The characters, their conversations and innermost thoughts, the themes and the all-too real denouement are utterly convincing, precisely because Le Carre is able to portray the mundane, humdrum nature of intelligence work and, above all, the plain, bitter-sweet patriotism of his hero, George Smiley.
Comment 22 people found this helpful. Was this review helpful to you? Yes No Sending feedback...
Thank you for your feedback.
Sorry, we failed to record your vote. Please try again
Report abuse
Format: Paperback
This is probably the finest of Le Carre's novels. His great creation, George Smiley, is repsonsible for finding a Soviet mole in the heirarchy of British Intelligence which has done immeasureable damage for decades. George is the most unlikely hero - ponderous, old, shy, retiring, but posessed of enormous compassion and iron will. This who-dunnit story plays against a general background of betrayal - the betrayal of the mole against the British state, the betrayal of the agents run by the mole, the betrayal of Smiley's wife's infidelity, the general betrayal of idealism in the Circus to the mundane self-serving ends of its leaders.
And then there is the setting - Britain in all its drab, mundane 1960's/70's glory. Drab colours, poor food, rain soaked days, steamed up car windows, snobbery and poverty. And the dialogue is second to none. So world weary, so wise. And the intelligence world rings true in this book too, it feels realistic, it feels about right. The moral ambiguity is embraced by Le Carre. Though there are heroes and villians in this book, the boundaries are fairly blurred.
Comment 46 people found this helpful. Was this review helpful to you? Yes No Sending feedback...
Thank you for your feedback.
Sorry, we failed to record your vote. Please try again
Report abuse
Format: Paperback
Following in the tradition of Graham Greene, who wrote spy novels contemporaneous with his own, John LeCarre uses his experience in the foreign service and MI6 to add realism to his tales of espionage. Green, however, remained a friend of traitor Kim Philby and continued to send his novels to Philby after Philby defected to Russia. LeCarre, however, was betrayed by Philby to Russian agents, and his career was ended. This betrayal gives added realism to his novels, which show real disillusionment with the system and, sometimes, with its agents and officials.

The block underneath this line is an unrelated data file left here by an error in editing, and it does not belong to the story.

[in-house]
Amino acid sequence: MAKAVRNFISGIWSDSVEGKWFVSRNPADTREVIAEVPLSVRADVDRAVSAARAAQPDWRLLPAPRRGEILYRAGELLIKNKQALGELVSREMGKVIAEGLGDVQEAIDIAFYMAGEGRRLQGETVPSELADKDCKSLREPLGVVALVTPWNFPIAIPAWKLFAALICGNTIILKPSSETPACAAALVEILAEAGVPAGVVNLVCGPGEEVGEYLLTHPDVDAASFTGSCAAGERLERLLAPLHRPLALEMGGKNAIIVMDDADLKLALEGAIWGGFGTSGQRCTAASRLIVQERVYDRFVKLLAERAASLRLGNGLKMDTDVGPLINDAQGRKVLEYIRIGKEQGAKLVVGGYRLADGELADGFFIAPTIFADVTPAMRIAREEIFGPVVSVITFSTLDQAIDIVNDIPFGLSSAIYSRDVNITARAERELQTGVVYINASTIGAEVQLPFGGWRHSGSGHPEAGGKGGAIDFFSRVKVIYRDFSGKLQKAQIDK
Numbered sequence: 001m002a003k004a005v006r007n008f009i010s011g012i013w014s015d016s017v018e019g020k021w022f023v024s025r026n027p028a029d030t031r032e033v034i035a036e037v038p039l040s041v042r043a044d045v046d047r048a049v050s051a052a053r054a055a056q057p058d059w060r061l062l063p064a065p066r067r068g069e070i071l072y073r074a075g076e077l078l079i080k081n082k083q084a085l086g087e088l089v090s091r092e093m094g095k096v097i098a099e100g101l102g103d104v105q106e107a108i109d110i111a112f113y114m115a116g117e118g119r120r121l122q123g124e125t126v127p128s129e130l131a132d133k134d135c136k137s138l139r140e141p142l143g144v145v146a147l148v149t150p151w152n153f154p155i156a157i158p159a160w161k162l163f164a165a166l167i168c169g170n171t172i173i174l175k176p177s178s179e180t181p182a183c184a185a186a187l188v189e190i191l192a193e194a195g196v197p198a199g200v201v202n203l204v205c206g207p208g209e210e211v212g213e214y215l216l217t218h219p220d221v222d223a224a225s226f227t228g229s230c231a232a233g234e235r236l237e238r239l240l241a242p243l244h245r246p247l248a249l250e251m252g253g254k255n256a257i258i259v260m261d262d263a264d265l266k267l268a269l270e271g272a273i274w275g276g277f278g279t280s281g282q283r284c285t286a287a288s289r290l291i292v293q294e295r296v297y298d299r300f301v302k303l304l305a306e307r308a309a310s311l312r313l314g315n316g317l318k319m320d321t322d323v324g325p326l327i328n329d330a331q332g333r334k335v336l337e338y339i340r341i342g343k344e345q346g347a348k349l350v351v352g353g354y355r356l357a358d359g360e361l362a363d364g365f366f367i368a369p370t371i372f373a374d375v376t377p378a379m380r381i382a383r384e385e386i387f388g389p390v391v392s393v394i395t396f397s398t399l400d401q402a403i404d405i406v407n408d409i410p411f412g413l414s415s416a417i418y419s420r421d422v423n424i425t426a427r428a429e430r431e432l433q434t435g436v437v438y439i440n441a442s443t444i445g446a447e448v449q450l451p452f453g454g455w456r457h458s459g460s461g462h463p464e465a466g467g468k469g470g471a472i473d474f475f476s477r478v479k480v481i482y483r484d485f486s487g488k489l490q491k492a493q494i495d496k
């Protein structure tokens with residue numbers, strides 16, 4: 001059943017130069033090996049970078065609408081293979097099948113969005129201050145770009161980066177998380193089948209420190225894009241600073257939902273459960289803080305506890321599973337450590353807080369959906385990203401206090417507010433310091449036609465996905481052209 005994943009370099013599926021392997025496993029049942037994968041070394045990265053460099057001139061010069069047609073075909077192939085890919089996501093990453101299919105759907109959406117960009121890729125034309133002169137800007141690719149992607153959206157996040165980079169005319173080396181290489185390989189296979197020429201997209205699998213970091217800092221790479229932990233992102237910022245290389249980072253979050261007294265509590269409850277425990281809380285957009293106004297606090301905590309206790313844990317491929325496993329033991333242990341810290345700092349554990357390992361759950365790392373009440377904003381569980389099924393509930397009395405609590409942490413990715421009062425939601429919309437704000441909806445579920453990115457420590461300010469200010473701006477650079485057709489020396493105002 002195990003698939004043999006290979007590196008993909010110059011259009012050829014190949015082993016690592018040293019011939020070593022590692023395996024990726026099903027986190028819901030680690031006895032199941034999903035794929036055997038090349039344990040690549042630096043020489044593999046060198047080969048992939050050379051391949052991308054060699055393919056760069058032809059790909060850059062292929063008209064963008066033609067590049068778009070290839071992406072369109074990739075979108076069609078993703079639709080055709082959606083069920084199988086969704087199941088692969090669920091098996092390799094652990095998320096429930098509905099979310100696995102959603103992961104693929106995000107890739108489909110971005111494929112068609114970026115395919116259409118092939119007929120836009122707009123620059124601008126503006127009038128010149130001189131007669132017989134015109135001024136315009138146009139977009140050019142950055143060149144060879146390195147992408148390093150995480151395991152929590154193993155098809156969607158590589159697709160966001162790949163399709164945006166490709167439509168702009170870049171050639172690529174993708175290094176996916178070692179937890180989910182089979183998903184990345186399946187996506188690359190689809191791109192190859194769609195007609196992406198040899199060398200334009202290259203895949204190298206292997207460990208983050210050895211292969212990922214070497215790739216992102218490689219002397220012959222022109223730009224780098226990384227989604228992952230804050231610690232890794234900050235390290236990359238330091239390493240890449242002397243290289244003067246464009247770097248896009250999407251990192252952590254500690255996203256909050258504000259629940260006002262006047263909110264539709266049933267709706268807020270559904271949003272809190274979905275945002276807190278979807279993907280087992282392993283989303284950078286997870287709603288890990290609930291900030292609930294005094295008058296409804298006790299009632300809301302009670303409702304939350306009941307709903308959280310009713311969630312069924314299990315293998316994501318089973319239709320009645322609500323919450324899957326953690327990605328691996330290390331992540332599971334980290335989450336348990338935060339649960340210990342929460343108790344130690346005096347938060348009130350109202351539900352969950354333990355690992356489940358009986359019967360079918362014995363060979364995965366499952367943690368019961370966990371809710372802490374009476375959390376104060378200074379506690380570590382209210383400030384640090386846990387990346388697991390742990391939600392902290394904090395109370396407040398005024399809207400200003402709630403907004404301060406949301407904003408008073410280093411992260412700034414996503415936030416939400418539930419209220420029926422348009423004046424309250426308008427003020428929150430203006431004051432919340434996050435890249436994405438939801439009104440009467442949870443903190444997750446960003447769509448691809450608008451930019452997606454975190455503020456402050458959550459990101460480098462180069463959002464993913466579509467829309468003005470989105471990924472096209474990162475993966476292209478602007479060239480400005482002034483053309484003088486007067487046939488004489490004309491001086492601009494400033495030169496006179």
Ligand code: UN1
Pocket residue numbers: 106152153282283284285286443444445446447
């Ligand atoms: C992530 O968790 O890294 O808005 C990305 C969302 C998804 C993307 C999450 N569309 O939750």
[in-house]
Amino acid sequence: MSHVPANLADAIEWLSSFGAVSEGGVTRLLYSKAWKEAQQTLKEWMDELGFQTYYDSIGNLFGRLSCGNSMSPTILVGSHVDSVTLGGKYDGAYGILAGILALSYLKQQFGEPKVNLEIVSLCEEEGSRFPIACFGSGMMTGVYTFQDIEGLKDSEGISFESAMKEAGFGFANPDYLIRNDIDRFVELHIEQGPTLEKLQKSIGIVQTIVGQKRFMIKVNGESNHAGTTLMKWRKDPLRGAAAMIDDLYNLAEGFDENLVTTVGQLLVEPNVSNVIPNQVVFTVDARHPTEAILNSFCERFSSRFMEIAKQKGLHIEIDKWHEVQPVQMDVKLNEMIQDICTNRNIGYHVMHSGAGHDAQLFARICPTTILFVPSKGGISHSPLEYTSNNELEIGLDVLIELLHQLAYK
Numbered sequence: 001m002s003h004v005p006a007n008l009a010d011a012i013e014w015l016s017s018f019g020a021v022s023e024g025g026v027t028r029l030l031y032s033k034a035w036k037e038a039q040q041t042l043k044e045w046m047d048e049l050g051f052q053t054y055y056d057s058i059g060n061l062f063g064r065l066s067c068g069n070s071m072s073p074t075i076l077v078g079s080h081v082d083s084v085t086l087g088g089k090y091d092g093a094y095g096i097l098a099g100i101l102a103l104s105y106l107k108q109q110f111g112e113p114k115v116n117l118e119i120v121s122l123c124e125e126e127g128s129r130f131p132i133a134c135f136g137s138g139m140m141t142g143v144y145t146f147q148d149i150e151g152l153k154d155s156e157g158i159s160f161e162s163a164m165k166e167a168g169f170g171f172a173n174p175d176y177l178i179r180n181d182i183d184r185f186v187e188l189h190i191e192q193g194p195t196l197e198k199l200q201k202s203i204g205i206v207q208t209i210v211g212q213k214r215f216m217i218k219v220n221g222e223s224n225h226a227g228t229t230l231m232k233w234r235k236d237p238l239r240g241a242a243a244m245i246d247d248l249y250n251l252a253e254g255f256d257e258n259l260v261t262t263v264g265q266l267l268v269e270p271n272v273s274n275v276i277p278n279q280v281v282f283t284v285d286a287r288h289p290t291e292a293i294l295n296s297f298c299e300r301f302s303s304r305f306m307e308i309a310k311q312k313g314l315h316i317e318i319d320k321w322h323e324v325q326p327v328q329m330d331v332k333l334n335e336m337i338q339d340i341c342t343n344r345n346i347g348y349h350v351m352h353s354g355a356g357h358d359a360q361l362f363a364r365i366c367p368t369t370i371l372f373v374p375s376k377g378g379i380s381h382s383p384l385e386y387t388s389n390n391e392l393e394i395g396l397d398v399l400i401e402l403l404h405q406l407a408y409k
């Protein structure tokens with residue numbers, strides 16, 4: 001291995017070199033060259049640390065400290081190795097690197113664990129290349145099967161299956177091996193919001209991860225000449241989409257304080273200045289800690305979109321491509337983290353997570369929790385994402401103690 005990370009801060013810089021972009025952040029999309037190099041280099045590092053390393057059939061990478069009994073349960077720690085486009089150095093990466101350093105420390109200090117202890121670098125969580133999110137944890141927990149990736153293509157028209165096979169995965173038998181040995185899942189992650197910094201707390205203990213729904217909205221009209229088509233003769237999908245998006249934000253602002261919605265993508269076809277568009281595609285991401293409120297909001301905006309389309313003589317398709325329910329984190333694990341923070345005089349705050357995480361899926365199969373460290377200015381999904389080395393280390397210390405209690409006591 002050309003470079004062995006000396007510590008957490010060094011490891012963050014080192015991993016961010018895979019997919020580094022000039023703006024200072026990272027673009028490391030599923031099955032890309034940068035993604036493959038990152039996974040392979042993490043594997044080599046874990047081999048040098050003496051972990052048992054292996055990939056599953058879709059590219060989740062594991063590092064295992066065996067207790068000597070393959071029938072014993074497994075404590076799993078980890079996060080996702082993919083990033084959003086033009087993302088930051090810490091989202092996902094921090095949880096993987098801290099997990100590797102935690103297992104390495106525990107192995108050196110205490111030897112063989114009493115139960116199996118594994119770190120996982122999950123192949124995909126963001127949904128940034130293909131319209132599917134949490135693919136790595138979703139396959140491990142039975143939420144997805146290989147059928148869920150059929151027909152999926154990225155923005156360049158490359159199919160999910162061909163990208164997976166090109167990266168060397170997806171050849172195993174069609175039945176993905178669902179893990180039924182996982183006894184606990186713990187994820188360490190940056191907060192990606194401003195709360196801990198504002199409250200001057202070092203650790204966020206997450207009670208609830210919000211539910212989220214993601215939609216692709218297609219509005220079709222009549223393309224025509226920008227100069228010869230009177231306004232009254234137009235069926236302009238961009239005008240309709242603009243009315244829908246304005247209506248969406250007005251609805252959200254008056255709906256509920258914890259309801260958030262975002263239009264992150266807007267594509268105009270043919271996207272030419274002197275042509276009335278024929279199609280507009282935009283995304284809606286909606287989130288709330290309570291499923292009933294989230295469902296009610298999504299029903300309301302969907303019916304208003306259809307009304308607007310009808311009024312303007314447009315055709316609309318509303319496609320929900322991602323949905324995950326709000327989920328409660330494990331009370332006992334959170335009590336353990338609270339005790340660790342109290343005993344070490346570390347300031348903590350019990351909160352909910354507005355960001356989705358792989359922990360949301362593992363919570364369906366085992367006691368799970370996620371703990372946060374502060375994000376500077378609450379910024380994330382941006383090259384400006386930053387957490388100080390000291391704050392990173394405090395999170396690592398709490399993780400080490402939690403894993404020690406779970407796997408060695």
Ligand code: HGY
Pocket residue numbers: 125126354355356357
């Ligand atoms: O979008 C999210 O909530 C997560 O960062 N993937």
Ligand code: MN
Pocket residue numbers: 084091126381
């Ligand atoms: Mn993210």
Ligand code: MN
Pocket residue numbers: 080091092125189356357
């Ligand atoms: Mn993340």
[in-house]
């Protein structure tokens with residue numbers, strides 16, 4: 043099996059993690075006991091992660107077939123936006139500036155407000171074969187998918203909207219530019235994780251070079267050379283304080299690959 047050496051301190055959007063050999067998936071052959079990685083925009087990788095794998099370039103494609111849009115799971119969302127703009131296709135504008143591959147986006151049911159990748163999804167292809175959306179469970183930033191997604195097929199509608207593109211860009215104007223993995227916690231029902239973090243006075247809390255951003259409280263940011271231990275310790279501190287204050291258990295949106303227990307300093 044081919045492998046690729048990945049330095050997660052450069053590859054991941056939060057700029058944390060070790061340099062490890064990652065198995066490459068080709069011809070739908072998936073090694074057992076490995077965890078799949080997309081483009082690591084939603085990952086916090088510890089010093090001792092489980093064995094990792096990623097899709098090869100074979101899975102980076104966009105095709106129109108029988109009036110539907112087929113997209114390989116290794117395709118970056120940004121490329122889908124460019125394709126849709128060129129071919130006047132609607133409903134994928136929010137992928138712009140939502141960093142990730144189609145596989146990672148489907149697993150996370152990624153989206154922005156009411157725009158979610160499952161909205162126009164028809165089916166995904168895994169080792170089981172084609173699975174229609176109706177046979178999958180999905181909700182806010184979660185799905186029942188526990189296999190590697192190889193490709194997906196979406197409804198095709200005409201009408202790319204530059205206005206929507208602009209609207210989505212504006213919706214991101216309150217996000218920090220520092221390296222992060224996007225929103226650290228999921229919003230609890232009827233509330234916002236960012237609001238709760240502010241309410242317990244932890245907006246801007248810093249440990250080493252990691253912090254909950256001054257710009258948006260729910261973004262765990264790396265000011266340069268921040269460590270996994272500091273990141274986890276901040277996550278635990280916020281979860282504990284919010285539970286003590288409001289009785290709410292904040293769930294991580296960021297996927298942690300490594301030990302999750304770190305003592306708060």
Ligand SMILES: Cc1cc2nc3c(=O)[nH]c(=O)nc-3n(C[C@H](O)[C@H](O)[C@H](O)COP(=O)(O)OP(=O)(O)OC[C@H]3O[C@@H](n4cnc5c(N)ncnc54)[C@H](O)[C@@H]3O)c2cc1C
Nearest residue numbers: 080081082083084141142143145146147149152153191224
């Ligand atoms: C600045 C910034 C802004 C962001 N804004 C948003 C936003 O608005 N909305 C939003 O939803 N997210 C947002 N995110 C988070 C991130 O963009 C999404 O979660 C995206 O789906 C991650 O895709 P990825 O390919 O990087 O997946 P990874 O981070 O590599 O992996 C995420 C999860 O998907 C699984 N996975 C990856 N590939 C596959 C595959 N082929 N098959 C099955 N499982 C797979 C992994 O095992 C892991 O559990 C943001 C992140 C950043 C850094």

Written in 1974, this novel draws on the real life LeCarre (real name David Cornwell) and many of his associates who were unmasked by Philby and the "Cambridge Five." Here LeCarre creates a vivid and morally sensitive story in which his hero, George Smiley, is called out of his enforced retirement to unmask a Soviet "mole" high in the British secret service, referred to as "the circus." Five men (as in the real betrayal) have been suspected. Drawing on his friendships with some of the agents who were dismissed when he was, Smiley investigates the security leaks which have led to humiliation for British intelligence and real danger for some of its agents. As he tries to identify the mole, he receives peripheral help from Sir Oliver Lacon of the British Foreign Office.

Written in formal and polished prose, the novel is full of Cold War complexities. Karla, the legendary head of Soviet intelligence, continues to control a small group of Soviet "defectors" and disillusioned Communists, whom the British mistakenly regard as double agents providing them with secret information. At the same time, British Control (who is never identified by name) is trying to uncover the Soviet mole (nicknamed "Gerald") within their own agency.
Read more ›
Comment 34 people found this helpful. Was this review helpful to you? Yes No Sending feedback...
Thank you for your feedback.
Sorry, we failed to record your vote. Please try again
Report abuse
Format: Paperback Verified Purchase
Not only is this probably Le Carre's best work, but I'd rate it as one of the best novels of the 1970s. It perfectly captures the feeling of Britain's post-war decline and nostalgia for a greater time. It is a beautifully written, highly convincing story of the hunt for a high-ranking mole in the British Secret Service, with the effect of this on the memorable central characters (not least unlikely hero George Smiley) subtly portrayed. A gripping, immensely satisfying Cold-War thriller. And a great novel.
Comment 25 people found this helpful. Was this review helpful to you? Yes No Sending feedback...
Thank you for your feedback.
Sorry, we failed to record your vote. Please try again
Report abuse

Look for similar items by category


Feedback